Kirty Krieger says she decided to major in microbiology in the same way Harry Potter decided to become a wizard.
“The major chose me,” Krieger says, after she tried on several other hats at Colorado State University.
Krieger, originally from Naperville, Illinois, started out in a pre-veterinarian program before considering a business degree – her brother, Eric, graduated from the College of Business in 2016. She then explored ecosystem science, and was “undeclared,” too. But she eventually found her home in the Department of Microbiology, Immunology, and Pathology in the College of Veterinary Medicine and Biomedical Sciences.
“I remember sitting in my first micro class and my jaw dropped,” she says. She was fascinated to learn about infectious diseases, and the things you can’t see with the naked eye.
According to Krieger, University Distinguished Teaching Scholar Erica Suchman, professor of microbiology, has impacted her “beyond belief” with her support and guidance.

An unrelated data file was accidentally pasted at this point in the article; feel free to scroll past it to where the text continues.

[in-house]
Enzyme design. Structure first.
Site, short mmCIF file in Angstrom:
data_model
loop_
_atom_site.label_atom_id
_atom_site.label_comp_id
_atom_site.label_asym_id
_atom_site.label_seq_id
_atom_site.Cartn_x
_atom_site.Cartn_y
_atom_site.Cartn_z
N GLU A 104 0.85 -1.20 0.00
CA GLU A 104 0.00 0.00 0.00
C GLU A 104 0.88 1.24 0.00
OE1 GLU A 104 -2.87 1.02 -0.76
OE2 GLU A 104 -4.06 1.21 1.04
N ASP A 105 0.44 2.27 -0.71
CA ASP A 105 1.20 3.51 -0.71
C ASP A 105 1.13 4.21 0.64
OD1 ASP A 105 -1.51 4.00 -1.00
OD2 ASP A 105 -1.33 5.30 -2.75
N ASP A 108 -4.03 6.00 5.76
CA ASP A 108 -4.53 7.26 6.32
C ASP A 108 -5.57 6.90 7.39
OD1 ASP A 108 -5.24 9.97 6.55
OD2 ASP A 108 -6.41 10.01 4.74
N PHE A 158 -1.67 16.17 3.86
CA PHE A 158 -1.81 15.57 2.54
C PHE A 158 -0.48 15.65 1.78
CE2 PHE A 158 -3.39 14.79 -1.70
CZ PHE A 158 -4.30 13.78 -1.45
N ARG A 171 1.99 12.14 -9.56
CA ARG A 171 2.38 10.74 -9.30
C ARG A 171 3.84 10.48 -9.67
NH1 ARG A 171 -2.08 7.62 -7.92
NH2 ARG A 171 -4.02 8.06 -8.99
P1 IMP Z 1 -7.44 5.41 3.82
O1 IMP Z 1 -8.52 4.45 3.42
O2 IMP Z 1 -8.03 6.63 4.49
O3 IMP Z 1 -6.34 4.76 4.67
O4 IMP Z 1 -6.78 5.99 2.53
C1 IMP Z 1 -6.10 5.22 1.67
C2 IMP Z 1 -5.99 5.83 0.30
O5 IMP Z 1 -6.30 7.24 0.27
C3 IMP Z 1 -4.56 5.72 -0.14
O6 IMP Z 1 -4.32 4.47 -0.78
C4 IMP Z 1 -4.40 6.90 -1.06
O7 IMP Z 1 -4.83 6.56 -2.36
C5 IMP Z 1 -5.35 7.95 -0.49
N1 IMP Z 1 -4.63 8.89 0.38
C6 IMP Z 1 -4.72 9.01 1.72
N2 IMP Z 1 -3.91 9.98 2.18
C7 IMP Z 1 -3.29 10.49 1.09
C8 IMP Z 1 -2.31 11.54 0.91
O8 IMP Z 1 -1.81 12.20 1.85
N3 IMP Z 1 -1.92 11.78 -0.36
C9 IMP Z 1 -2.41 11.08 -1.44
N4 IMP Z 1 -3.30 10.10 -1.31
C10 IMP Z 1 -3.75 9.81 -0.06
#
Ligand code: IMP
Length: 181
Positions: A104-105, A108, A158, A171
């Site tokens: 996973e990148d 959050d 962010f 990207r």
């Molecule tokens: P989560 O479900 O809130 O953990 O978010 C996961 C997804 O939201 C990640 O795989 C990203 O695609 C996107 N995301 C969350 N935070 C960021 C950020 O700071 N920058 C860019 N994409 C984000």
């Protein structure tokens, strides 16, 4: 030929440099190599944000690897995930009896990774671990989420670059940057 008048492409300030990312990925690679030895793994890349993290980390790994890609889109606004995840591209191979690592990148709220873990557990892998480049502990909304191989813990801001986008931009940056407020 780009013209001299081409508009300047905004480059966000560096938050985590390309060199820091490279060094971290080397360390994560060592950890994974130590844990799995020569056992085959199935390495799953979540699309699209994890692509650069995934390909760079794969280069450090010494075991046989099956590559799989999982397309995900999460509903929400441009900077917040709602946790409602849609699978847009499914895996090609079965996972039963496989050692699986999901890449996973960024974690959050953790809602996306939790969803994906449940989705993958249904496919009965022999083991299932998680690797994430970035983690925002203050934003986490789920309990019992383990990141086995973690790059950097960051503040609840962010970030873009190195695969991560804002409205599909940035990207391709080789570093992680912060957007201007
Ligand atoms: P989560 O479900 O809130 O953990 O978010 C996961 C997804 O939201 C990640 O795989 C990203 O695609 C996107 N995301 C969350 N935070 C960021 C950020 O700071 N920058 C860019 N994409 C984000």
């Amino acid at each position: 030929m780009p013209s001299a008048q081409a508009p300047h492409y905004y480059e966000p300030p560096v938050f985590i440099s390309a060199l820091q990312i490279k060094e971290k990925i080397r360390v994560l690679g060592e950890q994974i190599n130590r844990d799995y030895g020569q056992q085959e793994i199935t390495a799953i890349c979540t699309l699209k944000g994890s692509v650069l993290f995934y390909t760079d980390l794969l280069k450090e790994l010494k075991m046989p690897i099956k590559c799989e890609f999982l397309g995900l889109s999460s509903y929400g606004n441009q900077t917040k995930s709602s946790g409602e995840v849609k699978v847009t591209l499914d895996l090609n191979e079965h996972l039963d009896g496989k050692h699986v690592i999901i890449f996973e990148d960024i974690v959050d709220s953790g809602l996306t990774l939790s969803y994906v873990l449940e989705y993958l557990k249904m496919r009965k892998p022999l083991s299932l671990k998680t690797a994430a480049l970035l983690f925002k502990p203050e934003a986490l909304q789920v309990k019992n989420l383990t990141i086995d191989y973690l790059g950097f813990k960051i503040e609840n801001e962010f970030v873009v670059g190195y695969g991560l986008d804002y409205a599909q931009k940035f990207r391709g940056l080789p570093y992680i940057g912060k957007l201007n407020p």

“She really knows me for who I am,” Krieger says. “She’s taught me things like how I can always learn something from a failed experiment. I don’t know what I would want to do to this day without her.”
For the last two years, Krieger has worked in the lab of Rushika Perera, an assistant professor in virology, studying how dengue, chikungunya, yellow fever, and Zika viruses behave in mosquito hosts.
“I remember going into that lab and feeling like part of a family,” says Krieger, a self-described “introverted extrovert” who now trains staff and volunteers and is a student ambassador for the college.
Suchman says she has enjoyed watching Krieger find her passion, and to mature and gain confidence as a scientist.
“She has outstanding energy and enthusiasm, and has been a very important part of the department, serving as a peer mentor and a board member in the Microbiology Students Association,” Suchman says. “She is an excellent role model who mentored our newest members of the microbiology community to help them find their passion, as she did.”
Krieger will continue to work as a research associate in the Perera Lab and with Professor Ken Olson in the Arthropod-borne and Infectious Disease Laboratory at CSU, while she applies to graduate schools.
Krieger envisions herself pursuing a post-doctoral position. She says she hopes to eventually land a role as an assistant professor at a college where she can conduct research and teach.
“A lot of people leave college and they’re not so happy about what they’re studying,” says Krieger. “I sit in class every day with my jaw dropping. It’s worth it to feel as knowledgeable as I am now, and to think like a scientist. I feel like I’m getting there, which is really exciting.”